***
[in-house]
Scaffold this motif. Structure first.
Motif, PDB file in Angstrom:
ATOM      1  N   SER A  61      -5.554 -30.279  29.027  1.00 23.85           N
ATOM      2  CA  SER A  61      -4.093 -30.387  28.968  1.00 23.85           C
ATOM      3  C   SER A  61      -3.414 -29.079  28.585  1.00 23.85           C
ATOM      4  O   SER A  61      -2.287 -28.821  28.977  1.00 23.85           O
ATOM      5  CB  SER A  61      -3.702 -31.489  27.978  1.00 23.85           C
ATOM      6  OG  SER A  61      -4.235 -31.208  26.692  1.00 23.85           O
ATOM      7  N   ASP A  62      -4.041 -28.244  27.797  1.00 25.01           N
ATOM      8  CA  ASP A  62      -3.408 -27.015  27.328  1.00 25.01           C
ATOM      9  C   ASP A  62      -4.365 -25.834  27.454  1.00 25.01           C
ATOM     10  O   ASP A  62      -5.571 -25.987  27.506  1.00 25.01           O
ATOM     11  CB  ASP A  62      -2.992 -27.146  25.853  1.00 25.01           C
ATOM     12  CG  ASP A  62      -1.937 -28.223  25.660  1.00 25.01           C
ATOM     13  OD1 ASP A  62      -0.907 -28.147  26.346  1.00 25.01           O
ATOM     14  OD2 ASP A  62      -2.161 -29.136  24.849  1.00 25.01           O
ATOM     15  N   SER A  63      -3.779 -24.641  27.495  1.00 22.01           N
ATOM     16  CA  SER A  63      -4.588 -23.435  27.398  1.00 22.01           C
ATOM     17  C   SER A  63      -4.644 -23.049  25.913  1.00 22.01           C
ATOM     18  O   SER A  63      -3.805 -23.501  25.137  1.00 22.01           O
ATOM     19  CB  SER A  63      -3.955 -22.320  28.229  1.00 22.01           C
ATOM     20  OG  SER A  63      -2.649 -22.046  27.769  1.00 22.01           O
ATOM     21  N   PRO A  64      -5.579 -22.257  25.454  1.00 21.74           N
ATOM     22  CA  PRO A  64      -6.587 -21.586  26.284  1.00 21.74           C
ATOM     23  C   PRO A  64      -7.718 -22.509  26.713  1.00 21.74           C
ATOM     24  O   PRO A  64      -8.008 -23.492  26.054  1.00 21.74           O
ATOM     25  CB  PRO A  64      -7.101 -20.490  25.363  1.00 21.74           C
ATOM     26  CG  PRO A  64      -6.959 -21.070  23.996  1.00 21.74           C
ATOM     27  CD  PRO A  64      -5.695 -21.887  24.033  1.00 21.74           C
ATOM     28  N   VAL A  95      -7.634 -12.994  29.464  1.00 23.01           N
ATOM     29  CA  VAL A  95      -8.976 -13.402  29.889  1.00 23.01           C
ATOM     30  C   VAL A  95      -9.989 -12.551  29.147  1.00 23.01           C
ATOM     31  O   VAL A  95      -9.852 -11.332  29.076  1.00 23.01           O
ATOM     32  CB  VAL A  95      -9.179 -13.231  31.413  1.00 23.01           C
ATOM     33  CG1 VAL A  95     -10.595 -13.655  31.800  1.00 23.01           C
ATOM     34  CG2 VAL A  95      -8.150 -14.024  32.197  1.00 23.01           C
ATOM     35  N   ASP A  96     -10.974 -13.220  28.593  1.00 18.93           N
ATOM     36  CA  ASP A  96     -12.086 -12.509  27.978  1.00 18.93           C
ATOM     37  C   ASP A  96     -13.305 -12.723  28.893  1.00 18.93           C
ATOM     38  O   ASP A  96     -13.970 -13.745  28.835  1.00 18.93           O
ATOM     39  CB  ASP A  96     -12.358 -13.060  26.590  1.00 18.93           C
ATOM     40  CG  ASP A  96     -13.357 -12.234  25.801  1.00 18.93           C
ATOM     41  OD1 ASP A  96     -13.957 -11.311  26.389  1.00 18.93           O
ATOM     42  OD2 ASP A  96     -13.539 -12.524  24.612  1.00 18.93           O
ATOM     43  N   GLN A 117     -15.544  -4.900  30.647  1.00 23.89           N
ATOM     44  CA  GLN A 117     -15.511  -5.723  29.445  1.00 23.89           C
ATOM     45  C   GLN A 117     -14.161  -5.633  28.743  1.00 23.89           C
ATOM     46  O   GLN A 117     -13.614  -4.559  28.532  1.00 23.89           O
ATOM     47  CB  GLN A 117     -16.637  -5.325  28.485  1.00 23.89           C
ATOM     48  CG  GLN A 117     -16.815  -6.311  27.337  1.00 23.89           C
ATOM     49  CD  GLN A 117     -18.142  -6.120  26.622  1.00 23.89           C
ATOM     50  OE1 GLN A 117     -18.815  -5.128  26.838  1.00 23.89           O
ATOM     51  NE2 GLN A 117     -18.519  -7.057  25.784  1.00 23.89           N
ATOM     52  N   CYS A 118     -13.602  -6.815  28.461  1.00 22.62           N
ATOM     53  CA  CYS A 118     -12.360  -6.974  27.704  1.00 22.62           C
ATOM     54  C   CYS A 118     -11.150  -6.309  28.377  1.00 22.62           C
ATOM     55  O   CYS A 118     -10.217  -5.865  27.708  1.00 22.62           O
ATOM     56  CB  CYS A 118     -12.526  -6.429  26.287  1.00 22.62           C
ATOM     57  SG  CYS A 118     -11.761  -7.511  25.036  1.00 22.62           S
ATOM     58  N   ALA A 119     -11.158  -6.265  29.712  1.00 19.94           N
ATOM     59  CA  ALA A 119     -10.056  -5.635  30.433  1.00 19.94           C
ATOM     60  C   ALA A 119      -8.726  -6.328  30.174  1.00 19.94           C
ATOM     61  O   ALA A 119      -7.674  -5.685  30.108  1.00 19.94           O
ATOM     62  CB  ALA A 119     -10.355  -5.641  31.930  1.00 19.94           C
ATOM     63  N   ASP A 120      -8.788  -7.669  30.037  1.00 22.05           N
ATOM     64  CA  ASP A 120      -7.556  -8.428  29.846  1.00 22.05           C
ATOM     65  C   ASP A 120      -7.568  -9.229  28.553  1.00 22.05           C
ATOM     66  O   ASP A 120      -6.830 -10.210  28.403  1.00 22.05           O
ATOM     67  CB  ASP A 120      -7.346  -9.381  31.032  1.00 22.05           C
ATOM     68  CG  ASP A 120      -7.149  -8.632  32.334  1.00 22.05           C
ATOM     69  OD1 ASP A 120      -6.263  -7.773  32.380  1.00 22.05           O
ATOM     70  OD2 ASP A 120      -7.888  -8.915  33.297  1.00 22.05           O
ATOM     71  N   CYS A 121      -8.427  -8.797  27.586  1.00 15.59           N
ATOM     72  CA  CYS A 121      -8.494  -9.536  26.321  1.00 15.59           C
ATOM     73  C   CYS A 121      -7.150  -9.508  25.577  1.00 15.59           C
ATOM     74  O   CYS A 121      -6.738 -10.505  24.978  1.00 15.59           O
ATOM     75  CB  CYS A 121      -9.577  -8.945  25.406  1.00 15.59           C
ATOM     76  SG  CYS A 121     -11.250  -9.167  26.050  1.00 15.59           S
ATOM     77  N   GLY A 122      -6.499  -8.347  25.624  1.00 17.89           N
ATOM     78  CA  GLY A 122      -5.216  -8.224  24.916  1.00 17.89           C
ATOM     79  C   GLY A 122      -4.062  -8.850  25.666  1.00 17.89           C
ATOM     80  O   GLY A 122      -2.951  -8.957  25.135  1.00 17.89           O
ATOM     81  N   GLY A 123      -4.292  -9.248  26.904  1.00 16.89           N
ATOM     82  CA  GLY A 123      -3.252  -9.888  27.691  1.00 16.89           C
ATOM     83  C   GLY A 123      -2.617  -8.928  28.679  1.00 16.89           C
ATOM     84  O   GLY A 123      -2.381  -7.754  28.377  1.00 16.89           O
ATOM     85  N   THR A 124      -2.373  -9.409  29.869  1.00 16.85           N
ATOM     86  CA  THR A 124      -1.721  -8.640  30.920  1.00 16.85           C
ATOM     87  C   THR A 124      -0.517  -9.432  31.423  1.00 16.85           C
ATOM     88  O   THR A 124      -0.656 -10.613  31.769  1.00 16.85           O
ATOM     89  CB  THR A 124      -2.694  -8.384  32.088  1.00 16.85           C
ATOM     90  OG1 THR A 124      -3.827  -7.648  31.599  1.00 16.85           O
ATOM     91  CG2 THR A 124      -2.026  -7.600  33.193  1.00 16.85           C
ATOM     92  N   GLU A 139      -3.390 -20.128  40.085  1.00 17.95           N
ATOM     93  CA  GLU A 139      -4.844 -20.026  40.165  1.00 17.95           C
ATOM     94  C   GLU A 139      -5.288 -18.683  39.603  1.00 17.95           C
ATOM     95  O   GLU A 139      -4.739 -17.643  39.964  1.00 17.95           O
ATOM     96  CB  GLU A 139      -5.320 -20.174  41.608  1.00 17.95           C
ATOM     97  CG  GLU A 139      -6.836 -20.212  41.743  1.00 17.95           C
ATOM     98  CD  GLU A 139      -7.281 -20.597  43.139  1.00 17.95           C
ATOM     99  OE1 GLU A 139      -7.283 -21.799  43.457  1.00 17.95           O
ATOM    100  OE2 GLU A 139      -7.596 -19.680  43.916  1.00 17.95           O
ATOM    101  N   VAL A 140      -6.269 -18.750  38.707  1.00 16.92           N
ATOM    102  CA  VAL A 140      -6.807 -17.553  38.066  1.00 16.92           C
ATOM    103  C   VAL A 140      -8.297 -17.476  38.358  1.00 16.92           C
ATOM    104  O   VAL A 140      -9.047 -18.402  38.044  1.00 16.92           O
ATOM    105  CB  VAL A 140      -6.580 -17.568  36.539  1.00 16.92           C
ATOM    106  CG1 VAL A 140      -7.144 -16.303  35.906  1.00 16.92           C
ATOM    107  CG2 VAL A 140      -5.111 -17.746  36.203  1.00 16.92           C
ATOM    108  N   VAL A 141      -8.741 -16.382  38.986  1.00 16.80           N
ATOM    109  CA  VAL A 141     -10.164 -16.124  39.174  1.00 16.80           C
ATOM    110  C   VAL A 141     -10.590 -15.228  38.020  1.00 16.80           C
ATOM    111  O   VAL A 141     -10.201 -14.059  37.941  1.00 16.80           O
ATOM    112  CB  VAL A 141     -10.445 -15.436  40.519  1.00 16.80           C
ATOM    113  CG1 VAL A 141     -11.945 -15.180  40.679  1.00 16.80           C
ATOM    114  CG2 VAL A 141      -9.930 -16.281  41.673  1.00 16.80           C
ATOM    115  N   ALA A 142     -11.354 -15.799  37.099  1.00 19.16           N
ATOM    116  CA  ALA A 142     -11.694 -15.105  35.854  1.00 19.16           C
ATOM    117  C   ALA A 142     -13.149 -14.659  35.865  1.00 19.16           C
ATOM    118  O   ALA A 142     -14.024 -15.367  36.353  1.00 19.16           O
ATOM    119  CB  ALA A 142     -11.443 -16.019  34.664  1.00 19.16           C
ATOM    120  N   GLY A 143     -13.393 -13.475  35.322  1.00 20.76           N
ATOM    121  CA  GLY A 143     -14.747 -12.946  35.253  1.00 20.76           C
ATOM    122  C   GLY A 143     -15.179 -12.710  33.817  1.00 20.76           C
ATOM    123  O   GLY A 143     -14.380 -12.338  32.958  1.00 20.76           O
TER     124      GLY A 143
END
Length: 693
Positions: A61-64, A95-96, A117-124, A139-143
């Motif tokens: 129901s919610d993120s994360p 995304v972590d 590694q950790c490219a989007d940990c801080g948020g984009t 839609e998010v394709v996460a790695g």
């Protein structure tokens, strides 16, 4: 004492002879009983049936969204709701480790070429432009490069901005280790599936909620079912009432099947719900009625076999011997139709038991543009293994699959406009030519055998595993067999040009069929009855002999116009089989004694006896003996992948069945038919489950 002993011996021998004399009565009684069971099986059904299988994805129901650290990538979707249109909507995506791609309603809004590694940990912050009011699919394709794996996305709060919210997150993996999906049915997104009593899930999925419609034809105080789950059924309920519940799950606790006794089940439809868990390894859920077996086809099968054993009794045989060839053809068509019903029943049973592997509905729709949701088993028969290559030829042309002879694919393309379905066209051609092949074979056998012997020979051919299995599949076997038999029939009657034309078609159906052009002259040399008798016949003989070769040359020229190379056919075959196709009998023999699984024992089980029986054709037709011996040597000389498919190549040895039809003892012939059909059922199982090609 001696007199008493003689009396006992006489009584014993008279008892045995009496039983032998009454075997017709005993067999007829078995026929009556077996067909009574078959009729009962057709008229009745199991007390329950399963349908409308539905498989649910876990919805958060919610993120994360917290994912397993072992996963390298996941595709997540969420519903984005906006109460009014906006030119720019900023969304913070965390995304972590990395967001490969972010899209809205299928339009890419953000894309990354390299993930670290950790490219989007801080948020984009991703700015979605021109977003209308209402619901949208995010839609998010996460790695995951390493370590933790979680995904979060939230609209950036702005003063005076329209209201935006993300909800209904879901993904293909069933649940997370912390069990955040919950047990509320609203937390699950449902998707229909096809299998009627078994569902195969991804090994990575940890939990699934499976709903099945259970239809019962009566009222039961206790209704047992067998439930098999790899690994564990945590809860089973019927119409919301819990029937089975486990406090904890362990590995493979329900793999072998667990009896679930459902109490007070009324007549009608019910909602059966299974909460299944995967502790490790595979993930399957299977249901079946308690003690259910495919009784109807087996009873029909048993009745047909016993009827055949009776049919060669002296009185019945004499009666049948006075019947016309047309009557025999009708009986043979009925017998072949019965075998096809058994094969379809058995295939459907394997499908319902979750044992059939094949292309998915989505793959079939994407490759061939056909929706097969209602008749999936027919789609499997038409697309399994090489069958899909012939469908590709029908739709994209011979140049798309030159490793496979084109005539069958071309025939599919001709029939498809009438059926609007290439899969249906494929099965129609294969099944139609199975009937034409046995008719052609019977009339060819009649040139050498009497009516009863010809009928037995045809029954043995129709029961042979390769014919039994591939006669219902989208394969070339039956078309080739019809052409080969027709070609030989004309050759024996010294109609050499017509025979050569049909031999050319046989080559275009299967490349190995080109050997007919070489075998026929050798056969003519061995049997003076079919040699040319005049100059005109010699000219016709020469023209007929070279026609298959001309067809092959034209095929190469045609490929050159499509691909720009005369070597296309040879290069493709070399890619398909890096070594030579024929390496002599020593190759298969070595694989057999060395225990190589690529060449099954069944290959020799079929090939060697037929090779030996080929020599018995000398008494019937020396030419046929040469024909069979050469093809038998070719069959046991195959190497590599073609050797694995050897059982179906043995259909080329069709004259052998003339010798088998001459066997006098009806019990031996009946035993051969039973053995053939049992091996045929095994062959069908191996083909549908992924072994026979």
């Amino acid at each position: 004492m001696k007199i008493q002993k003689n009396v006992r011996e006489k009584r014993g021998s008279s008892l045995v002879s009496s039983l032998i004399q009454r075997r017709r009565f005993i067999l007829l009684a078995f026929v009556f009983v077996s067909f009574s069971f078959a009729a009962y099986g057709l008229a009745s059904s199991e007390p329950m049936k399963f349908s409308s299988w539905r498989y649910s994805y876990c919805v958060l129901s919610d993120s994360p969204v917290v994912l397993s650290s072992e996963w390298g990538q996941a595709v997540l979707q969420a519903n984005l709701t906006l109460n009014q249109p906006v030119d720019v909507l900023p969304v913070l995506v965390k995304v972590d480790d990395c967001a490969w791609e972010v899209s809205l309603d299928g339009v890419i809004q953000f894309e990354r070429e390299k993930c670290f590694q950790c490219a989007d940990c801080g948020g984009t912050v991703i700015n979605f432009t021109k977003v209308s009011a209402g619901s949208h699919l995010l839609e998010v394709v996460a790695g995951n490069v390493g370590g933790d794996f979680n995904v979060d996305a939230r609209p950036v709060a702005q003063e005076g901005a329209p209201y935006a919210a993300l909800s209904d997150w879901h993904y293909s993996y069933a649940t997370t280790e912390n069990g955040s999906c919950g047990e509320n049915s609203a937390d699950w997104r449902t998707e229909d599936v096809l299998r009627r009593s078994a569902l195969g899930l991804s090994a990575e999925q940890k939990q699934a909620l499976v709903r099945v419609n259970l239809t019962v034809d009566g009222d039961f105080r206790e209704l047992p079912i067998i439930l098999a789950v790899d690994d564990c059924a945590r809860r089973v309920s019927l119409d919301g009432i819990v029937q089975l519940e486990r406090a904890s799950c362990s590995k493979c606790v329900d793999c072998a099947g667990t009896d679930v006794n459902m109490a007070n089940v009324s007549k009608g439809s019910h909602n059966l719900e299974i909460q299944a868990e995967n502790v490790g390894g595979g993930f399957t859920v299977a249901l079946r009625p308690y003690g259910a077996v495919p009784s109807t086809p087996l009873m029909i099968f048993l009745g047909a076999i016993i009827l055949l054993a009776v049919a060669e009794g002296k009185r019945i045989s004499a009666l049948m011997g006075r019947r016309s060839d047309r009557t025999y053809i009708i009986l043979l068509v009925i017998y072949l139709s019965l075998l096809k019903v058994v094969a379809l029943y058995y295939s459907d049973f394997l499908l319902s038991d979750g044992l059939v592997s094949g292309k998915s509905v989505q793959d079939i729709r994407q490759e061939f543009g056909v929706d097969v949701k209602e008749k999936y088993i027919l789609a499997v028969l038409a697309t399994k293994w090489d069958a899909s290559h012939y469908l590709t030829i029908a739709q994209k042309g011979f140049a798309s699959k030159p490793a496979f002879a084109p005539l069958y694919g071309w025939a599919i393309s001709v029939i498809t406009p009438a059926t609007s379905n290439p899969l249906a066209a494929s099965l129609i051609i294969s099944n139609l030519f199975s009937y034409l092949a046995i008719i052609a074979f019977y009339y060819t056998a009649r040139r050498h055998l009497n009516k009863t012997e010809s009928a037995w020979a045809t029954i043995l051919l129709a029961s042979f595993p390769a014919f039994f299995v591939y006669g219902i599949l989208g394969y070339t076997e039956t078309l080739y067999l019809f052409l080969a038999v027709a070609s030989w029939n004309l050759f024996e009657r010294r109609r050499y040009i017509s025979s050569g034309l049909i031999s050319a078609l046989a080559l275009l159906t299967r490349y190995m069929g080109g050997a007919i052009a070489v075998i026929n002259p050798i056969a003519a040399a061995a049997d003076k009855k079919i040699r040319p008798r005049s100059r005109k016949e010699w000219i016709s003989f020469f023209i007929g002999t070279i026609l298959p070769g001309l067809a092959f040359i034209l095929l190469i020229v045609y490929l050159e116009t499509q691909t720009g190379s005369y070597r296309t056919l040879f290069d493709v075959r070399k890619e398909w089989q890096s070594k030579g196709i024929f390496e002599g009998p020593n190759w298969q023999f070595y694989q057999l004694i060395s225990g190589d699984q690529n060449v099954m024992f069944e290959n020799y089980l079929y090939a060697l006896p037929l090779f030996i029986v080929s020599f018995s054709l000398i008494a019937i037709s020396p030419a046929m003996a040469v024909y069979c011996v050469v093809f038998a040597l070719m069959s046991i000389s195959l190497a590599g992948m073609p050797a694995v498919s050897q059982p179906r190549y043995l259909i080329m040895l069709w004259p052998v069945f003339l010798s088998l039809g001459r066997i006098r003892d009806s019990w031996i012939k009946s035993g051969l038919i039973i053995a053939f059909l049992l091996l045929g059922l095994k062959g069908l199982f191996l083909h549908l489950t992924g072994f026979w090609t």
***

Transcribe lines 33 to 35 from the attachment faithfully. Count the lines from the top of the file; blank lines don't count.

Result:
ATOM     30  C   VAL A  95      -9.989 -12.551  29.147  1.00 23.01           C
ATOM     31  O   VAL A  95      -9.852 -11.332  29.076  1.00 23.01           O
ATOM     32  CB  VAL A  95      -9.179 -13.231  31.413  1.00 23.01           C